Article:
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What you need to know about COVID-19: September 18, 2020
There’s just so much that I have on my mind to write about. A lot is going on in the Newfoundland and Labrador outdoors despite COVID-19, and I’m having difficulty settling on a topic for this Saturday.
I suppose you may have noticed the ridiculously massive and varied amount of trash, waste, and garbage that’s laying about our roadways this spring? Normal is bad enough around this neck of the woods, but the present state of affairs is absurdly above the usual spring messy smorgasbord.
There’s everything imaginable flung around the countryside: toilets, fast food packaging, kids toys, televisions, mattresses, roofing materials, and you name it, it’s there somewhere.
There is no excuse for this. I am totally ashamed that some of my fellow Newfoundlanders have such little regard for the land we live on. I just have no words to express my outrage. It makes me sick. And I think the Avalon Peninsula is most guilty for whatever reason.
Then there’s the issue of guns.
The debate rages once again. There is a lot more for me to learn about this issue and I’m not going to say much about it right now.
I’m going to wait until I get all the facts straight. The one certain fact is that AR-15 type rifles are being banned in Canada. These are semi-automatic rifles that are typically chambered for the .223-remington cartridge. I have three rifles that shoot this ammunition but only one of them is semi-auto, although not an AR-15, and neither is restricted under our present gun laws.
I like the .223 round for a bunch of reasons, and that’s why I own the three guns One is semi-auto, like I said, another is a bolt action, and just last year I bought a Browning BLR levergun in .223. Maybe the semi-auto will be banned. I’m not sure. My understanding is that the government will reimburse us for the irons.
I’ll have more to say on how I feel about this controversy later. I’ll just say for now that I think this move is, for the most part, political.
The weapons being banned are already restricted and under a very tight set of usage guidelines. I’m not sure what real or practical difference banning them will make, besides costing Canadian taxpayers and bunch of money. I still don’t forget the boondoggle that was the long-gun registry.
Anyway I’m nervous about where all this might end up going in time. There are many people in Canada who don’t want anybody to own guns. They will not be satisfied until that reality happens. They will apply political pressure and politicians always crave votes. They say that they don’t want to take my moose-hunting rifle. But what will they ban next, because we know there is no end to this.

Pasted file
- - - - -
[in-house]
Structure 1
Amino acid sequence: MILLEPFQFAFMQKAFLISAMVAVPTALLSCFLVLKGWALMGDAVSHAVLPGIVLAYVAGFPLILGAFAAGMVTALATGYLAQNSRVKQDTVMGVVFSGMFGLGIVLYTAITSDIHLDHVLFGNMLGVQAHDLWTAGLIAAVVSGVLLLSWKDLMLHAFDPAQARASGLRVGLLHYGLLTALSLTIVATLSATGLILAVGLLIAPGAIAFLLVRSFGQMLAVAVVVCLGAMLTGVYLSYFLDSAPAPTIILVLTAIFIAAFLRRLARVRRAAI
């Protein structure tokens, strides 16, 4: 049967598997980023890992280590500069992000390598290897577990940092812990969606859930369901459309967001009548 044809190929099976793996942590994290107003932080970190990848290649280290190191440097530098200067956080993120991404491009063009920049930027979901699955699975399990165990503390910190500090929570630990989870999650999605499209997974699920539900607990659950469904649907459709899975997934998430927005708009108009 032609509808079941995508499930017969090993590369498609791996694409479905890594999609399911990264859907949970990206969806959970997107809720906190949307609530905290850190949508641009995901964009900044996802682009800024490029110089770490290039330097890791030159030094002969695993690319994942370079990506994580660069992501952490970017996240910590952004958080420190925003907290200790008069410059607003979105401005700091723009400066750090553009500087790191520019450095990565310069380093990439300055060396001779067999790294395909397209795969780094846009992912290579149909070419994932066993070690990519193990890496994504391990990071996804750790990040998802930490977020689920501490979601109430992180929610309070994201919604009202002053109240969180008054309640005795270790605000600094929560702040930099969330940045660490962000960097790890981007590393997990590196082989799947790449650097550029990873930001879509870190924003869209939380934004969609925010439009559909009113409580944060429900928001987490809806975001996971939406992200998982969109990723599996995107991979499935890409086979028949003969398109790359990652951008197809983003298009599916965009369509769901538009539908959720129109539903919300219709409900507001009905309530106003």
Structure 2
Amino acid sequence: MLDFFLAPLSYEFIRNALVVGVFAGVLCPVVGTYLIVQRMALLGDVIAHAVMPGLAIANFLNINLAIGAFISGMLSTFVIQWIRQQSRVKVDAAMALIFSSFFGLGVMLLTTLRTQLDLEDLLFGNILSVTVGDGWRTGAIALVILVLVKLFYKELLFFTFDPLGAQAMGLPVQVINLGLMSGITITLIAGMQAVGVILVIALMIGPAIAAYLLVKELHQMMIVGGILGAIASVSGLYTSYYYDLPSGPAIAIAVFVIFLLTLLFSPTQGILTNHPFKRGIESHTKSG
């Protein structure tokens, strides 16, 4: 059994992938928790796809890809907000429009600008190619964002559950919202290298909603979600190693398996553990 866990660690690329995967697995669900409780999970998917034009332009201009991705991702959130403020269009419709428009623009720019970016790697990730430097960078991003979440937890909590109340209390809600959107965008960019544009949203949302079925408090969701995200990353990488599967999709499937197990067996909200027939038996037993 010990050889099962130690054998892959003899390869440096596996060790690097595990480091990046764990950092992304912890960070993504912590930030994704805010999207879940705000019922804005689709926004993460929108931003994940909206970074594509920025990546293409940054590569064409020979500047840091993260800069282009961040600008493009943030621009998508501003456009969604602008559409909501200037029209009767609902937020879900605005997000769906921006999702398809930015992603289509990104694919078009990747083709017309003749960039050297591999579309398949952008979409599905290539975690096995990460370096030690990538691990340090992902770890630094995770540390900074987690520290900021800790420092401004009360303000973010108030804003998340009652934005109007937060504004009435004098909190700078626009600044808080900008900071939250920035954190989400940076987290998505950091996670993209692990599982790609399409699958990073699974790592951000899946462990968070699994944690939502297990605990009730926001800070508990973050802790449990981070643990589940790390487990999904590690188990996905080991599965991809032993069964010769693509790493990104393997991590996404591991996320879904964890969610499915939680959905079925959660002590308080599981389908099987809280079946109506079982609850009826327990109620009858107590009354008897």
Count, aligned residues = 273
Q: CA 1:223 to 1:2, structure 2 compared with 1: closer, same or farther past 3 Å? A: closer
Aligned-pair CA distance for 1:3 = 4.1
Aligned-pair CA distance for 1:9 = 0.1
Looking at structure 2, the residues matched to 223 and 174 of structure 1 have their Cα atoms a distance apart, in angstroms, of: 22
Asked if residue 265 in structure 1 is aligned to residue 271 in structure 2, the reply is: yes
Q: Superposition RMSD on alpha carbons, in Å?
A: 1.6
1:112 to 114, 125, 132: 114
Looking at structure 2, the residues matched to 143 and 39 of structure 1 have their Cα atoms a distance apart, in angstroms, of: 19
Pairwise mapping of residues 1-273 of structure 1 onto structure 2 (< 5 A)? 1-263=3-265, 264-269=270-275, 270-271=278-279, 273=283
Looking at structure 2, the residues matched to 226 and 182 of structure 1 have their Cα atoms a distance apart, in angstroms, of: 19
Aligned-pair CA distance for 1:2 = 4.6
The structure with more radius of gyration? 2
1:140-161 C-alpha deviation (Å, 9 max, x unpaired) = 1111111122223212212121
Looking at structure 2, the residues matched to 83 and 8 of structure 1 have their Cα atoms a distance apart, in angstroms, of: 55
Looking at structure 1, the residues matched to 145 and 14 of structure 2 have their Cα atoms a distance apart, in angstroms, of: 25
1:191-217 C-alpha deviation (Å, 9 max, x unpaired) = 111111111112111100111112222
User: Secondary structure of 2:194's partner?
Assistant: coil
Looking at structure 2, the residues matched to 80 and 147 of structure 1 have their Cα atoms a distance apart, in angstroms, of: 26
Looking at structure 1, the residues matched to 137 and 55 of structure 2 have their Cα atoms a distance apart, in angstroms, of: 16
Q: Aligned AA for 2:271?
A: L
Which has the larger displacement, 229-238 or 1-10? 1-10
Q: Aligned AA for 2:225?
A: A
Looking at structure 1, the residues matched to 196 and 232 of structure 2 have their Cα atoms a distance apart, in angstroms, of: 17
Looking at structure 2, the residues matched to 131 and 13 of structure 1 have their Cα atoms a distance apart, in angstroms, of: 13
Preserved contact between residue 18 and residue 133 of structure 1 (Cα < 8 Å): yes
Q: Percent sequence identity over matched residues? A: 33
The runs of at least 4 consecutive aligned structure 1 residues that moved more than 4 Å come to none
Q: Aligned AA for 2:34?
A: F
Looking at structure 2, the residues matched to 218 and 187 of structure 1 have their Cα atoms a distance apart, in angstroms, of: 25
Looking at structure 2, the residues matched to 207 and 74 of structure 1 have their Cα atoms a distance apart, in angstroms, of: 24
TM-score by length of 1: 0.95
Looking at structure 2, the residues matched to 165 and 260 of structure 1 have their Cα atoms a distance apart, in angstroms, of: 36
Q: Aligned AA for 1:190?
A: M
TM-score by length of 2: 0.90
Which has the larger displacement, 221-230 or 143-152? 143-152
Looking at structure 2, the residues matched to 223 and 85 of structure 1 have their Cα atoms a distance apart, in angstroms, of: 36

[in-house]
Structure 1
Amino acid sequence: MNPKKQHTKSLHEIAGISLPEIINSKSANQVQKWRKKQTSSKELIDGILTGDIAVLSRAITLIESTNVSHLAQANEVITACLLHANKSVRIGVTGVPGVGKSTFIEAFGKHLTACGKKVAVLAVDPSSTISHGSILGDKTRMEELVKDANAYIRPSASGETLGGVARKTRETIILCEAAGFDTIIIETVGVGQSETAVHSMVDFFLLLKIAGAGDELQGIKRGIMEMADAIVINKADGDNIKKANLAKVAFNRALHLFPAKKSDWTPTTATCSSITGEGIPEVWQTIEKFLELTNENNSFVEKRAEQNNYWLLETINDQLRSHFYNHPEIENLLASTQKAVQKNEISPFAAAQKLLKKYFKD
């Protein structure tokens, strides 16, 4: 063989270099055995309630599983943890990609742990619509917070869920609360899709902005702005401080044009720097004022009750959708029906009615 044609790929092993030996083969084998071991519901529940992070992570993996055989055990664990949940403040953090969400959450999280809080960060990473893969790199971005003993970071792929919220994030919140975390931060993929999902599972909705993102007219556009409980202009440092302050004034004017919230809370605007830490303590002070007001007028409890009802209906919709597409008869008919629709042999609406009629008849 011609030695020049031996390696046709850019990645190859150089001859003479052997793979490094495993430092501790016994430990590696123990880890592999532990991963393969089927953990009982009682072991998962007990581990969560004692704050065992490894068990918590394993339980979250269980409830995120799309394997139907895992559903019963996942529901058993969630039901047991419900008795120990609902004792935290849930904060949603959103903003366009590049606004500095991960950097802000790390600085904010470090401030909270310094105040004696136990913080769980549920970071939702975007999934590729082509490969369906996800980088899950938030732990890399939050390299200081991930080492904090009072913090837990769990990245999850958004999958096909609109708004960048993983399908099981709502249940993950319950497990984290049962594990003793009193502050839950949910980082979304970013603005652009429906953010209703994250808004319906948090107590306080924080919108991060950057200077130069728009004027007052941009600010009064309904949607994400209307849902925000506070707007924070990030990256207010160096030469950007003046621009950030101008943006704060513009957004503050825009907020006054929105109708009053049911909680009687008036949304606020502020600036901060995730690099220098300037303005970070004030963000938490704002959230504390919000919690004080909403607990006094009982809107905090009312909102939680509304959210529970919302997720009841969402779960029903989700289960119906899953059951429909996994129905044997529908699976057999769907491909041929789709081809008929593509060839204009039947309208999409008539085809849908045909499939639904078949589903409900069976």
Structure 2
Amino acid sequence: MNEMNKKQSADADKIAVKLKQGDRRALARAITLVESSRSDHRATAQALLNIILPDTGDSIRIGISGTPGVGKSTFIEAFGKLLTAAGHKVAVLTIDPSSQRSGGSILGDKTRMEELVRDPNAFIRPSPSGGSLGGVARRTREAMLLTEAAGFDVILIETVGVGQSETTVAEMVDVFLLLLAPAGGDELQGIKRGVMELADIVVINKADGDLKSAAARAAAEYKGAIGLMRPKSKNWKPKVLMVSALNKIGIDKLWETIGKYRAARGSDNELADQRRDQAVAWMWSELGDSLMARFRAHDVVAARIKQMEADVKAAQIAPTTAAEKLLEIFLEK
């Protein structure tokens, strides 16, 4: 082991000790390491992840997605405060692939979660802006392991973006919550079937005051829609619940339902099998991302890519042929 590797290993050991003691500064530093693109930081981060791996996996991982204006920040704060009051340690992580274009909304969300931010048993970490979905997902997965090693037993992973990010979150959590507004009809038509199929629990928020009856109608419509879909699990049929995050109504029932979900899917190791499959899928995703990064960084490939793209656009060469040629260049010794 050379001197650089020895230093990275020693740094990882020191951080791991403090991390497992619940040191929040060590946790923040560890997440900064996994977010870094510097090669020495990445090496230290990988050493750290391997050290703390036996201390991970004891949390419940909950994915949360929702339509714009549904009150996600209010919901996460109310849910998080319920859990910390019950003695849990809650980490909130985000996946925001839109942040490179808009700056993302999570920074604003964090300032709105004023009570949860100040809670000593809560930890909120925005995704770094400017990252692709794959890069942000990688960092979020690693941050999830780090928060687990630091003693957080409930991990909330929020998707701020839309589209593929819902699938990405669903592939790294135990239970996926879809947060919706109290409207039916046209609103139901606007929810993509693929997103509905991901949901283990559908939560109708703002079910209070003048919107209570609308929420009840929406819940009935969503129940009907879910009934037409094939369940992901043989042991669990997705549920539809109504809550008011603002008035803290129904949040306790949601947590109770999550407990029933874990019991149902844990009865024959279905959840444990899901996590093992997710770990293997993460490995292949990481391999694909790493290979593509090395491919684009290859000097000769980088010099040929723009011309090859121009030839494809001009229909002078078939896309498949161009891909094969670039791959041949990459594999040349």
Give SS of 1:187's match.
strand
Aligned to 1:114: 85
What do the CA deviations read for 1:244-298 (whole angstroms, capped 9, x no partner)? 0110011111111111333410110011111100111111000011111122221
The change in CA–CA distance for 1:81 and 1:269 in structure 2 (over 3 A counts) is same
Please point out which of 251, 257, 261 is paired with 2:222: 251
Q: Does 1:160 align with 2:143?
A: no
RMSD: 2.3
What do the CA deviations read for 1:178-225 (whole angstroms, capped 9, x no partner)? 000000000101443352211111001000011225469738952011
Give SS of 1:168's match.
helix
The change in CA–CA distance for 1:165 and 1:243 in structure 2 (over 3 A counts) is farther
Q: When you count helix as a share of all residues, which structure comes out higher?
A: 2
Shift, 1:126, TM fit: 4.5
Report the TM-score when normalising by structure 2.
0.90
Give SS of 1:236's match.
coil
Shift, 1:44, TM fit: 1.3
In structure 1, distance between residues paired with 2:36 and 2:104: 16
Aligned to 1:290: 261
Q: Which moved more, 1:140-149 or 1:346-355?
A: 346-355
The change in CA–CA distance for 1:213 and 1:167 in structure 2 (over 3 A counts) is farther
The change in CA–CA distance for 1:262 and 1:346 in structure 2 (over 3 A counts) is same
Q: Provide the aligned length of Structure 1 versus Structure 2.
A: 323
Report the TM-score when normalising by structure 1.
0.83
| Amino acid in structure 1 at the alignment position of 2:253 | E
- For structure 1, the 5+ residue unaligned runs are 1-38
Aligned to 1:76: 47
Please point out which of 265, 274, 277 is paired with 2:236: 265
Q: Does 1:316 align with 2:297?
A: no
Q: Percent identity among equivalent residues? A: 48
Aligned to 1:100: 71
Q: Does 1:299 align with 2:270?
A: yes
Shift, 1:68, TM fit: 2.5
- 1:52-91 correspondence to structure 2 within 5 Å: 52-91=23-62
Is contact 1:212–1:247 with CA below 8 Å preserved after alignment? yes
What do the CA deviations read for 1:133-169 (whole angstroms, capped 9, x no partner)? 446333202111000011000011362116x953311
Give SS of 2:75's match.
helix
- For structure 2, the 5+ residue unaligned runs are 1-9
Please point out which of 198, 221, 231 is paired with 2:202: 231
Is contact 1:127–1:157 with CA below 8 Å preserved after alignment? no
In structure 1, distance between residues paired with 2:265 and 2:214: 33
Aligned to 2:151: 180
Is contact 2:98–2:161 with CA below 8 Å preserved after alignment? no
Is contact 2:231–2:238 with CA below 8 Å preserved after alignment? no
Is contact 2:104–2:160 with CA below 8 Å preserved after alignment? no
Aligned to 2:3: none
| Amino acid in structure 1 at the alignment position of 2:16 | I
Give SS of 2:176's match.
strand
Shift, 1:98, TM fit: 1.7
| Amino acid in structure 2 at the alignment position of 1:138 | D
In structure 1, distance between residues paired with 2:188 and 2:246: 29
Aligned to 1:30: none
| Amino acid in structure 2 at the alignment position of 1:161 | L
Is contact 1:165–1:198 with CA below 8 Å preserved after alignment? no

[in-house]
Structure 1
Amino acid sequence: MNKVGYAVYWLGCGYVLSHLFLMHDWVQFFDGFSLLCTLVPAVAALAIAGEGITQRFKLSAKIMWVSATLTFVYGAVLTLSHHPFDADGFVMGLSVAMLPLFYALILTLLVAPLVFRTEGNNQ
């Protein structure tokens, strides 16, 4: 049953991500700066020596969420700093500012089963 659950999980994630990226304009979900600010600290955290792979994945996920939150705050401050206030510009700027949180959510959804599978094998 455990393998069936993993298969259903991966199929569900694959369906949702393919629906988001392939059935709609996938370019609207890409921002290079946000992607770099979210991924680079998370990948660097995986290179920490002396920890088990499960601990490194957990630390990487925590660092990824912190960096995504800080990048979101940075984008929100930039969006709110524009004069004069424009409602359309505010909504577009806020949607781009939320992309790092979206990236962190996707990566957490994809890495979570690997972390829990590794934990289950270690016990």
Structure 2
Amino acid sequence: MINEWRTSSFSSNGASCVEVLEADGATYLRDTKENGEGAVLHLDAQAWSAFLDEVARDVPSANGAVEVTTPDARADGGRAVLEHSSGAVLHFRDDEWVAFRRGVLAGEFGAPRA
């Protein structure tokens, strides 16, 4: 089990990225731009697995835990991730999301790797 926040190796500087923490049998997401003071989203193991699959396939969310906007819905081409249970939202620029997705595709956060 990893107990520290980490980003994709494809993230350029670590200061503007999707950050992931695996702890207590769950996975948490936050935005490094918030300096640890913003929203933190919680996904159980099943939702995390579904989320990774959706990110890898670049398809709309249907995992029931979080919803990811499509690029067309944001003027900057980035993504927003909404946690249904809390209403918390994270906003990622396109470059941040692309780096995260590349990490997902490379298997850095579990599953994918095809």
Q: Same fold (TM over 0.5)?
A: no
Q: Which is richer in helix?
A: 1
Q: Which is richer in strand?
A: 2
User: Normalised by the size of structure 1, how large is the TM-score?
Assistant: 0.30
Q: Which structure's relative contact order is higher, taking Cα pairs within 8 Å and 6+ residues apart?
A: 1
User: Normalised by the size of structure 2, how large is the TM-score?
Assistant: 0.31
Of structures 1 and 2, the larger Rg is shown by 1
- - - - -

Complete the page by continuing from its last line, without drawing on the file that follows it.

Anyway, that’s enough of gun talk for now.
On a brighter note, it’s May 24 and time to go trouting.
This is certainly going to be a different Victoria holiday weekend. Folks are not permitted to go camping, at least not in parks and RV sites. I suppose you could do a backpacking wilderness camping trip in your own bubble.
No camping is a tough one but we really have to tow the line here for the collective good and health of all.
By my reckoning Dr. Janice Fitzgerald and our government officials have done a really good job fighting this virus and we owe them gratitude.
Pay heed to the rules and play safely. Go out and enjoy the outdoors with those in your bubble or double bubble, and keep a fathom away from all others. You can still go trouting, hiking, biking, canoeing, and more.
There will be another year for camping and larger scale socializing.
For my part I’m going to divide the weekend between splitting firewood, canoeing, and trouting.
I have four cords of spruce firewood all sawed up in 16-inch lengths and piled high in a huge heap. The next step in the workflow is splitting and stacking. I bought a new hydraulic splitter and I’m going to try out that modern technology for the first time.
In the past I used just the trusty axe, I figure now I’ll swing the axe for smaller wood, and utilize the machine for the larger logs. Or maybe I’ll use the splitter for all of it, depending on how fast it operates. I’m just thinking I can make quicker work of smaller wood with my axe.
We will see.
You might recall I ruptured my bicep tendon last spring and had surgery to reattach it, hence the hydraulics to ease the strain.
My left arm is feeling good, though, plenty good to cast a fly rod and paddle a canoe, both of which I will be doing nearly simultaneously this weekend.
For me, fly fishing for brook trout with paddle in hand is quintessential May 24. I have been missing my May-month trout forays, and this year I’m making amends. Goldie and I have been spending May in Florida for some years now and I’ve been taking a hiatus on springtime trouting.
I do enjoy fishing in Florida but I have to say, I’m really looking forward to Friday May 15. That’s the opening day for trout and the weather forecast is good. Hopefully there will be trout sizzling in the cast iron pan for Friday supper.
This is a weekend to create enduring memories in your bubbles.
Seize the day and do it.
There is no bad weather, only inadequate clothes. Put on your raincoat if you have to. Wear a warm base layer.
But make a point to take your kids and grandkids outdoors, preferable trouting in my world, but nevertheless, spend quality time outdoors with your inner circle loved ones. I have gotten stranded in the rain many times while fishing and canoeing with my two daughters.
They are both grown now and have kids of their own. But the memories are strong and binding.
Paul Smith, a native of Spaniard’s Bay, fishes and wanders the outdoors at every opportunity. He can be contacted at email@example.com or follow him on twitter at @flyfishtherock